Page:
I initially went onto the Paris Review website and searched for the names of a couple authors I have read. Nothing. Okay, so I needed a new method for picking a writer. I looked through all the interviewee names in alphabetical order, and while I recognized many of the names, I unfortunately could only pick out 2-3 people who’s writing I’ve actually read. Whoops, maybe I need to read some more classic pieces of writing…..
I selected Ray Bradbury because I remembered reading Fahrenheit 451 in high school and really enjoying the book. I’m really glad I decided to read Bradbury’s interview, because he seemed to have a totally different perspective of writing than the other writers that we had read in class with the “Why I Write” prompt.
What really struck me about Bradbury was how blunt, and matter-of-fact he seems. He seems to have been a very logical, methodical guy who didn’t really fit the stereotypical emotionally distraught, confused, suffering for his art, writer persona. Compared to the other writers we read about in class, he seemed to have a fairly easy time writing. “I don’t understand writers who have to work at it”, Bradbury said, citing his ability to formulate an entire story within a matter of hours once he has an idea down.
Bradbury however was not a born talent. While he never went to college, he said he learned everything he knew by reading books at the library for years until he deemed himself “graduated from the library”. He read all different authors, and all different types of writing. He said it’s important to study how other writers use poetry, novels, essays etc. to accomplish what they’re trying to say. I feel like I need to take this advice to heart, as I think my writing could be greatly improved simply by reading more- a lot more.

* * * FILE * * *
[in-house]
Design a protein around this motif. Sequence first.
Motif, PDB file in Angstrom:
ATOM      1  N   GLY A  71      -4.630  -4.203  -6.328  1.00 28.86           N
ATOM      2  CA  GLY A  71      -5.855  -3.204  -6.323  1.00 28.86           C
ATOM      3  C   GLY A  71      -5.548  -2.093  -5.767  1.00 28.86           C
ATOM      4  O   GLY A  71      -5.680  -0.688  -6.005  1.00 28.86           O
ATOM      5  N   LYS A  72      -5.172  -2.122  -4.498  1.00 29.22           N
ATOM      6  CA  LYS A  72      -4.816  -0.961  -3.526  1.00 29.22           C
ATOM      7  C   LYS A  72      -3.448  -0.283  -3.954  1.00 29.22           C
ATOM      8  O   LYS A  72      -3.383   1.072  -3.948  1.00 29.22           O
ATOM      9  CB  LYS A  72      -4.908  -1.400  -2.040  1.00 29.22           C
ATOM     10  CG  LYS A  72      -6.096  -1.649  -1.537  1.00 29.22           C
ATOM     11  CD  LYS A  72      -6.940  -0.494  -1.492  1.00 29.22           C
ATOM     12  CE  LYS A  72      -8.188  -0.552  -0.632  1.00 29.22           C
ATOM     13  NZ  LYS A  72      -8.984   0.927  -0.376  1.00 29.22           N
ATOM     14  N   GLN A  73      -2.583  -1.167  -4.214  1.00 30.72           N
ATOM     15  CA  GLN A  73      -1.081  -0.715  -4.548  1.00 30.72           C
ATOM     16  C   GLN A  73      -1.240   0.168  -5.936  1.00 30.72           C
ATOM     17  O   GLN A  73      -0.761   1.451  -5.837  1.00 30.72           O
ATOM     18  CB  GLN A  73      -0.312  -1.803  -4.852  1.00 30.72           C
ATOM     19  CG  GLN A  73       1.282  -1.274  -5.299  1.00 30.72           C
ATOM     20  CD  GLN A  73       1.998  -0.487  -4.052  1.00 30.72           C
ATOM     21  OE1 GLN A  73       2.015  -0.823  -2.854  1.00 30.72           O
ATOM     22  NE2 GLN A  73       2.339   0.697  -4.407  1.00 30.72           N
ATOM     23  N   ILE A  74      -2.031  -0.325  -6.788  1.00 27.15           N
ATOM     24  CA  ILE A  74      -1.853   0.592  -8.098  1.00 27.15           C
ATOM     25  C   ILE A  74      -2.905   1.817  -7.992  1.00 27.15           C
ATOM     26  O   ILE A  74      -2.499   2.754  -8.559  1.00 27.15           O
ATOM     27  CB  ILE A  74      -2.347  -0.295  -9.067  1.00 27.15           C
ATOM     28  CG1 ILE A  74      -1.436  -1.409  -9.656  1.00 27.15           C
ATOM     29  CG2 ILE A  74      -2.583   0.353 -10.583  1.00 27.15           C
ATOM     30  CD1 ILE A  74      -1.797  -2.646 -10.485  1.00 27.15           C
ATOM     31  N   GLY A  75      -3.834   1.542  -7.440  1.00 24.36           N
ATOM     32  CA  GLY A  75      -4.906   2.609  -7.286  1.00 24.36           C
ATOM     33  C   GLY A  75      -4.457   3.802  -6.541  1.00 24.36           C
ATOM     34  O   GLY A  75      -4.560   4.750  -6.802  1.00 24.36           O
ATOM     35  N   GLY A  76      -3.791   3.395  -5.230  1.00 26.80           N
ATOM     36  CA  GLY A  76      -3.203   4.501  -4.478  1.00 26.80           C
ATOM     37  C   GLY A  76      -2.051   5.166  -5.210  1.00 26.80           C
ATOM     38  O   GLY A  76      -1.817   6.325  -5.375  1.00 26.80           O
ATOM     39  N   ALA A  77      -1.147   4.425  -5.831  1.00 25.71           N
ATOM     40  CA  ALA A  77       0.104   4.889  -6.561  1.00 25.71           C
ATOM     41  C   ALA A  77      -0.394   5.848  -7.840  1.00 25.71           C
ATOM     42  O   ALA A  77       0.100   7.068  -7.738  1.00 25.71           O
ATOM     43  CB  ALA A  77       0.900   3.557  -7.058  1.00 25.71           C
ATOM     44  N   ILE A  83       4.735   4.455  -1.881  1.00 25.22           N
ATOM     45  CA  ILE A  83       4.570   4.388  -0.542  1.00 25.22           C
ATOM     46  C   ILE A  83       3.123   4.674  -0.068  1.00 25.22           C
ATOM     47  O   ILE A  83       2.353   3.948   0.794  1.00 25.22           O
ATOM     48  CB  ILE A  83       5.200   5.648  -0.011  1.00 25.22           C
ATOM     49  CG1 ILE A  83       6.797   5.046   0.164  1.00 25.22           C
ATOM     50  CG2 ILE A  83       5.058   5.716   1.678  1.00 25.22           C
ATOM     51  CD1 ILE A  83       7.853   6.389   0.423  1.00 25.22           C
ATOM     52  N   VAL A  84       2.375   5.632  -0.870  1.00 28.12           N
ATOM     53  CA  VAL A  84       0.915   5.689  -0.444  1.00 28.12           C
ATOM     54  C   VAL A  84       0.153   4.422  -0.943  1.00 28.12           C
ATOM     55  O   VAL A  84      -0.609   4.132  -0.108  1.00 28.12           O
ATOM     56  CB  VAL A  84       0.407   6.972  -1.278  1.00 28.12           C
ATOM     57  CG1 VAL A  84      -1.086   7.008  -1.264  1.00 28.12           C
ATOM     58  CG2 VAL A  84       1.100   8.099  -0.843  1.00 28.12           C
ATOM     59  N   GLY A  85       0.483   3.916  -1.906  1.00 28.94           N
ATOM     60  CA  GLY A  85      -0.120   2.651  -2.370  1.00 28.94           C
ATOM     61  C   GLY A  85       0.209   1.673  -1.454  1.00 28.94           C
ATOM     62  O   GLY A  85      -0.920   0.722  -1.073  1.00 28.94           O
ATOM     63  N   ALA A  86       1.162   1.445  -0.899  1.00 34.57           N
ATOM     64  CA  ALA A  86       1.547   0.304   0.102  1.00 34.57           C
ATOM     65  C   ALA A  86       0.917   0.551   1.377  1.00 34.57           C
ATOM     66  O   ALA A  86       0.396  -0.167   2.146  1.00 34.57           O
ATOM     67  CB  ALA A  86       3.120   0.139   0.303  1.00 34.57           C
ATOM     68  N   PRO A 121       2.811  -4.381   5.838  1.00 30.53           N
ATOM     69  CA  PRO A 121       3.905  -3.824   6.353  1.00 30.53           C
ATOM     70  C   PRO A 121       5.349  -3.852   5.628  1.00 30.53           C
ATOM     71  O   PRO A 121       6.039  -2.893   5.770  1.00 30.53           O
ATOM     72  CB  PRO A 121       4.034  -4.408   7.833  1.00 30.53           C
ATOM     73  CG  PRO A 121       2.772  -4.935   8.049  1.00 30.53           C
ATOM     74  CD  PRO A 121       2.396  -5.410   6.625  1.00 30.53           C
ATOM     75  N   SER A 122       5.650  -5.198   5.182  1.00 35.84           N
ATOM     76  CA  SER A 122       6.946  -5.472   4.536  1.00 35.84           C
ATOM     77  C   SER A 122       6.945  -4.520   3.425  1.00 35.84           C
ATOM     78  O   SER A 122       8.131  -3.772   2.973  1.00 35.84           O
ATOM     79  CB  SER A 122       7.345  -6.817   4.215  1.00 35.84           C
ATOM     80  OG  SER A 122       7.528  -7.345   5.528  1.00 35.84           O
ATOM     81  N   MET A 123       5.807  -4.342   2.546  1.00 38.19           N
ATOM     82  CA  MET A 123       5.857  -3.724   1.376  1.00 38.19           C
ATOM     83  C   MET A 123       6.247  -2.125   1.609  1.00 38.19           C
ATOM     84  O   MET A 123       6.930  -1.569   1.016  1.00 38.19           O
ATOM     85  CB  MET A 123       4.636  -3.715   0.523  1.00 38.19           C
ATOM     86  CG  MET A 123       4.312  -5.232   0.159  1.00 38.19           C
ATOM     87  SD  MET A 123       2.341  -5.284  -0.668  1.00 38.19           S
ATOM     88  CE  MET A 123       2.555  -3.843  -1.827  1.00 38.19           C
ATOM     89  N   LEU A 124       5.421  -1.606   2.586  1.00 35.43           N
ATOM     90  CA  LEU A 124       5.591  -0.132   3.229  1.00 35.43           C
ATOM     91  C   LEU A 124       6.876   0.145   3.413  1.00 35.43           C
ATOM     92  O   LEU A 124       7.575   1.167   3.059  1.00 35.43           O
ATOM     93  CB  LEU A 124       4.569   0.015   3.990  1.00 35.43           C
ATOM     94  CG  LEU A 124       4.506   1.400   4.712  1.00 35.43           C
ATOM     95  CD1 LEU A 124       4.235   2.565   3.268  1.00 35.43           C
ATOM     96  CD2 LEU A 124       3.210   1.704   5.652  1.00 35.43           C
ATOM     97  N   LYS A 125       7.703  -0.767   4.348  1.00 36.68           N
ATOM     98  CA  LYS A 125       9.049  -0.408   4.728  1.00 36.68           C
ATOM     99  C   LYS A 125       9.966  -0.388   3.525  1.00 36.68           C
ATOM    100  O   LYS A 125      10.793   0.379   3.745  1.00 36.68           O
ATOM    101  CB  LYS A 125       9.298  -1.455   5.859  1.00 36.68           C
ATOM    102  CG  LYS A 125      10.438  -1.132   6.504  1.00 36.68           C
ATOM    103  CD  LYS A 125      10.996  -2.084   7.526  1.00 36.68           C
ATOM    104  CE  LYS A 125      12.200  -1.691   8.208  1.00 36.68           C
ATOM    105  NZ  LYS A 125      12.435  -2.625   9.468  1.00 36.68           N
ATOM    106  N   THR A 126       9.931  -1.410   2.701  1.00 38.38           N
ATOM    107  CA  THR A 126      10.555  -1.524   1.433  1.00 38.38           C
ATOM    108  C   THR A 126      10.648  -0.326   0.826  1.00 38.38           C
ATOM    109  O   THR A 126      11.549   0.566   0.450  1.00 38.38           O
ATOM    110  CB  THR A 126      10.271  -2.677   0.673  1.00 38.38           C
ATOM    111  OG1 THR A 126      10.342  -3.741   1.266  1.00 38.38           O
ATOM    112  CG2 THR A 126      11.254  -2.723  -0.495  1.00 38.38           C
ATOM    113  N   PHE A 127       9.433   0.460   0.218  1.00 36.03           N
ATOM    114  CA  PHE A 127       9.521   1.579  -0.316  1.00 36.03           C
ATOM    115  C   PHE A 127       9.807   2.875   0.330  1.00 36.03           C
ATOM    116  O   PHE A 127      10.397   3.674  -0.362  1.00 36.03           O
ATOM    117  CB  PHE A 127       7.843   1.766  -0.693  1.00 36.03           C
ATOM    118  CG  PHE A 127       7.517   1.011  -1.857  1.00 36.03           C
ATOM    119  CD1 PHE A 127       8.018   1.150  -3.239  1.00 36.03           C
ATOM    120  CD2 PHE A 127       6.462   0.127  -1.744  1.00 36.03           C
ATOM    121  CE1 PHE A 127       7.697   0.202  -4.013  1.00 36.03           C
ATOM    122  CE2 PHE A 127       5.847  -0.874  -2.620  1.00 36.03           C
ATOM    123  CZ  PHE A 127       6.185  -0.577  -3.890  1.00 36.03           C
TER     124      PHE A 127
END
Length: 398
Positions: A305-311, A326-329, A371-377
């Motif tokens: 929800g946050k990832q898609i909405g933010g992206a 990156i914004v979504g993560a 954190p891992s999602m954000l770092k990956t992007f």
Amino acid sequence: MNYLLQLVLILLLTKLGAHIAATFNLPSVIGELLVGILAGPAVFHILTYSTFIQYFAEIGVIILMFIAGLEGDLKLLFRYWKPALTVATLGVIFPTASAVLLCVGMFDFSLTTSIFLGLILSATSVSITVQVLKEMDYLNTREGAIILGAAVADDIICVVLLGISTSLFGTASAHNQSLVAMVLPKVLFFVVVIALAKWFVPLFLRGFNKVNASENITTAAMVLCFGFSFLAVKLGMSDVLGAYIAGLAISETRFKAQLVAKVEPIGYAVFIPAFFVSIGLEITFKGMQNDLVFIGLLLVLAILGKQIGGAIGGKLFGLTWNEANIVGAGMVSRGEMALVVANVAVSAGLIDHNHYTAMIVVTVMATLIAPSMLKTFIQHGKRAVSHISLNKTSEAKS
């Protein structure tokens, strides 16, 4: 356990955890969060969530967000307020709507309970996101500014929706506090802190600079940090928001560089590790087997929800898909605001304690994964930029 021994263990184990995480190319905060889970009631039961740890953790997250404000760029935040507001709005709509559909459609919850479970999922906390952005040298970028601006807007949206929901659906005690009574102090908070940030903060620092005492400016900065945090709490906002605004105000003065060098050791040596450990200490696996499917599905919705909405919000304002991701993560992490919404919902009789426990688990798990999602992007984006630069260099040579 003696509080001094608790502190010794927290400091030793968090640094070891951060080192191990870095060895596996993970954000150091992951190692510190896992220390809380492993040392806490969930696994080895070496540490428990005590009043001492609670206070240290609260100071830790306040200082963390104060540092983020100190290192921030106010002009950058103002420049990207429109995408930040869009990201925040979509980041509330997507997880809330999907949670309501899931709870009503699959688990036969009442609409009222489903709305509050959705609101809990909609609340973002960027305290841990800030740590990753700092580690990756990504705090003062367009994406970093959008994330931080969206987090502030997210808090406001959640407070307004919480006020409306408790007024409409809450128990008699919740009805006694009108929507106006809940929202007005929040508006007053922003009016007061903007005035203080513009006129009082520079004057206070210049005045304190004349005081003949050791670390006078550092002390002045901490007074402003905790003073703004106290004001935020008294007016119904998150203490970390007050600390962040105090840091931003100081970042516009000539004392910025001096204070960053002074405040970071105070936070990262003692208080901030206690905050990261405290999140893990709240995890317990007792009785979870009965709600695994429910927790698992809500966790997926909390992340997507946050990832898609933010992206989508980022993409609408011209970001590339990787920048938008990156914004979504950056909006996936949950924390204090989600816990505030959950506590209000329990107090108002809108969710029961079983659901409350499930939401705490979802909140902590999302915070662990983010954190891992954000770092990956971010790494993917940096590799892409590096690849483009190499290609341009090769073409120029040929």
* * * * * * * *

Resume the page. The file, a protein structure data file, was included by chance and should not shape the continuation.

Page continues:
Something that was really intriguing to me was the way that Bradbury came up with his ideas. He said he would begin by writing down lists of nouns. The nouns that you write down ultimately come from the combination of all past moments and events you’ve experienced in your life. Once you have your list of nouns, then go back over the list and ask yourself what each word means to you. Why did you write it down? What does it mean for me? He said he never used a notebook to write down ideas. If he wasn’t writing down a list of nouns, the moment he had an idea, he would just immediately stop what he was doing and turn it into a poem, short story, or novel. No outlines, no roadmap, just start writing.
I really like this method that he describes, and I think I am going to challenge myself to try this. I’ll make myself write down five nouns every day for the next week & see what I come up with. Maybe something completely genius, maybe something completely bizarre, but I think it’s a really intriguing way to think about ideas and beginning a piece of writing. Maybe it will end up working out for me!
Lastly I just wanted to document two quotes that really stuck out to me. I like how they speak to the “just do it” attitude Bradbury seemed to have had & an attitude I really admire:
“Jump off the cliff and build your wings on the way down.”
“I don’t believe in optimism. I believe in optimal behavior. If you behave every day to the top of your genetics, what can you do?”